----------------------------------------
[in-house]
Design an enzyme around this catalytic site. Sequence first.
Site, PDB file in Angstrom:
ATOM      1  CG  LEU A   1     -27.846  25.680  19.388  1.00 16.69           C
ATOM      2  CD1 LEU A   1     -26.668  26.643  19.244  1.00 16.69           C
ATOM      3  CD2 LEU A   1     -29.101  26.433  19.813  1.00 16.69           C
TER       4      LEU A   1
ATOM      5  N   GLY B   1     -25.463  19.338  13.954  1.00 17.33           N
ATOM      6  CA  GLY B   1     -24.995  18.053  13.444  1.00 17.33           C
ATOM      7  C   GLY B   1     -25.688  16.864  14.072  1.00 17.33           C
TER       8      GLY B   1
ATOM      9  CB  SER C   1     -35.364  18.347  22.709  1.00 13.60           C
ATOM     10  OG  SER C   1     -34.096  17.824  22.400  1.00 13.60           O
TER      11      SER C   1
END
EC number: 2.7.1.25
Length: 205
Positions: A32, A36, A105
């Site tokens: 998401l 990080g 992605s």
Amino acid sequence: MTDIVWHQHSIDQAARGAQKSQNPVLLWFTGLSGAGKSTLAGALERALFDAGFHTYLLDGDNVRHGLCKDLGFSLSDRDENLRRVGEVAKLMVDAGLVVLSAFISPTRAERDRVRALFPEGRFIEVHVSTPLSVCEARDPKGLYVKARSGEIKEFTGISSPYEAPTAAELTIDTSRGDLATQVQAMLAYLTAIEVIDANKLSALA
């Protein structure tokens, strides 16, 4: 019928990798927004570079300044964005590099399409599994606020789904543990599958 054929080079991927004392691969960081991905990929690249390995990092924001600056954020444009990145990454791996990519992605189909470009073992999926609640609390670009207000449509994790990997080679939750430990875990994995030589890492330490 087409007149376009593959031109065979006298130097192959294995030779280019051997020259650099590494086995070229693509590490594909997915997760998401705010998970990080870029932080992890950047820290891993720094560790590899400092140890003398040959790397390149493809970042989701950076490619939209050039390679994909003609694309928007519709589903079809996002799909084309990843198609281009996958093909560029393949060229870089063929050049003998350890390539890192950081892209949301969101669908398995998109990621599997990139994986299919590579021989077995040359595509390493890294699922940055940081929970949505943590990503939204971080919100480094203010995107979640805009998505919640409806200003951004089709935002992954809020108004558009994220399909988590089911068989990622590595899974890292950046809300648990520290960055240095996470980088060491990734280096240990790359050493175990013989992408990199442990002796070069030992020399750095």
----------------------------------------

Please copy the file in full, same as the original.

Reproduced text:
[in-house]
Design an enzyme around this catalytic site. Sequence first.
Site, PDB file in Angstrom:
ATOM      1  CG  LEU A   1     -27.846  25.680  19.388  1.00 16.69           C
ATOM      2  CD1 LEU A   1     -26.668  26.643  19.244  1.00 16.69           C
ATOM      3  CD2 LEU A   1     -29.101  26.433  19.813  1.00 16.69           C
TER       4      LEU A   1
ATOM      5  N   GLY B   1     -25.463  19.338  13.954  1.00 17.33           N
ATOM      6  CA  GLY B   1     -24.995  18.053  13.444  1.00 17.33           C
ATOM      7  C   GLY B   1     -25.688  16.864  14.072  1.00 17.33           C
TER       8      GLY B   1
ATOM      9  CB  SER C   1     -35.364  18.347  22.709  1.00 13.60           C
ATOM     10  OG  SER C   1     -34.096  17.824  22.400  1.00 13.60           O
TER      11      SER C   1
END
EC number: 2.7.1.25
Length: 205
Positions: A32, A36, A105
């Site tokens: 998401l 990080g 992605s």
Amino acid sequence: MTDIVWHQHSIDQAARGAQKSQNPVLLWFTGLSGAGKSTLAGALERALFDAGFHTYLLDGDNVRHGLCKDLGFSLSDRDENLRRVGEVAKLMVDAGLVVLSAFISPTRAERDRVRALFPEGRFIEVHVSTPLSVCEARDPKGLYVKARSGEIKEFTGISSPYEAPTAAELTIDTSRGDLATQVQAMLAYLTAIEVIDANKLSALA
């Protein structure tokens, strides 16, 4: 019928990798927004570079300044964005590099399409599994606020789904543990599958 054929080079991927004392691969960081991905990929690249390995990092924001600056954020444009990145990454791996990519992605189909470009073992999926609640609390670009207000449509994790990997080679939750430990875990994995030589890492330490 087409007149376009593959031109065979006298130097192959294995030779280019051997020259650099590494086995070229693509590490594909997915997760998401705010998970990080870029932080992890950047820290891993720094560790590899400092140890003398040959790397390149493809970042989701950076490619939209050039390679994909003609694309928007519709589903079809996002799909084309990843198609281009996958093909560029393949060229870089063929050049003998350890390539890192950081892209949301969101669908398995998109990621599997990139994986299919590579021989077995040359595509390493890294699922940055940081929970949505943590990503939204971080919100480094203010995107979640805009998505919640409806200003951004089709935002992954809020108004558009994220399909988590089911068989990622590595899974890292950046809300648990520290960055240095996470980088060491990734280096240990790359050493175990013989992408990199442990002796070069030992020399750095």